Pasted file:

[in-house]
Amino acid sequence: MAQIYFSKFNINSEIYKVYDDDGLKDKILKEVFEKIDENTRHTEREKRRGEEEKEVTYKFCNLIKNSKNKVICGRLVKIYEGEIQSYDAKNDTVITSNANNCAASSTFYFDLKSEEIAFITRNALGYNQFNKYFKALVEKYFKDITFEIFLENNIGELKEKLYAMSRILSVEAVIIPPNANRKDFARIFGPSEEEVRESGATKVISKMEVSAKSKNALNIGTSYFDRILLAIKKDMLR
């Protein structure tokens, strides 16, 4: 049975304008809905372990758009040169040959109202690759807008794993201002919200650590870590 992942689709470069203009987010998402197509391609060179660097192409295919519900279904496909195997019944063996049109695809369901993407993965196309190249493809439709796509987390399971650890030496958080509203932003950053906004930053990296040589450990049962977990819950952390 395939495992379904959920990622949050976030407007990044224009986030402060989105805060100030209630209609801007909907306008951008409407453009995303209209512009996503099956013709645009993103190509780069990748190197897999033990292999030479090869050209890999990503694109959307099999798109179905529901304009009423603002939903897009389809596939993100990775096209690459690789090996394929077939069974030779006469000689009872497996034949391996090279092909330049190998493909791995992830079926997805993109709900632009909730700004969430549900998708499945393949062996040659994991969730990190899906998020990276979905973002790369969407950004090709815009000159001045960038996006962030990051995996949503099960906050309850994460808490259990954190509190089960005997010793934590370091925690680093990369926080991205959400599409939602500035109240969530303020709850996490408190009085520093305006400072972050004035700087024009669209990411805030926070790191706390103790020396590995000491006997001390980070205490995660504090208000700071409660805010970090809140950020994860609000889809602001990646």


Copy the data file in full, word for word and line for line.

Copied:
[in-house]
Amino acid sequence: MAQIYFSKFNINSEIYKVYDDDGLKDKILKEVFEKIDENTRHTEREKRRGEEEKEVTYKFCNLIKNSKNKVICGRLVKIYEGEIQSYDAKNDTVITSNANNCAASSTFYFDLKSEEIAFITRNALGYNQFNKYFKALVEKYFKDITFEIFLENNIGELKEKLYAMSRILSVEAVIIPPNANRKDFARIFGPSEEEVRESGATKVISKMEVSAKSKNALNIGTSYFDRILLAIKKDMLR
């Protein structure tokens, strides 16, 4: 049975304008809905372990758009040169040959109202690759807008794993201002919200650590870590 992942689709470069203009987010998402197509391609060179660097192409295919519900279904496909195997019944063996049109695809369901993407993965196309190249493809439709796509987390399971650890030496958080509203932003950053906004930053990296040589450990049962977990819950952390 395939495992379904959920990622949050976030407007990044224009986030402060989105805060100030209630209609801007909907306008951008409407453009995303209209512009996503099956013709645009993103190509780069990748190197897999033990292999030479090869050209890999990503694109959307099999798109179905529901304009009423603002939903897009389809596939993100990775096209690459690789090996394929077939069974030779006469000689009872497996034949391996090279092909330049190998493909791995992830079926997805993109709900632009909730700004969430549900998708499945393949062996040659994991969730990190899906998020990276979905973002790369969407950004090709815009000159001045960038996006962030990051995996949503099960906050309850994460808490259990954190509190089960005997010793934590370091925690680093990369926080991205959400599409939602500035109240969530303020709850996490408190009085520093305006400072972050004035700087024009669209990411805030926070790191706390103790020396590995000491006997001390980070205490995660504090208000700071409660805010970090809140950020994860609000889809602001990646």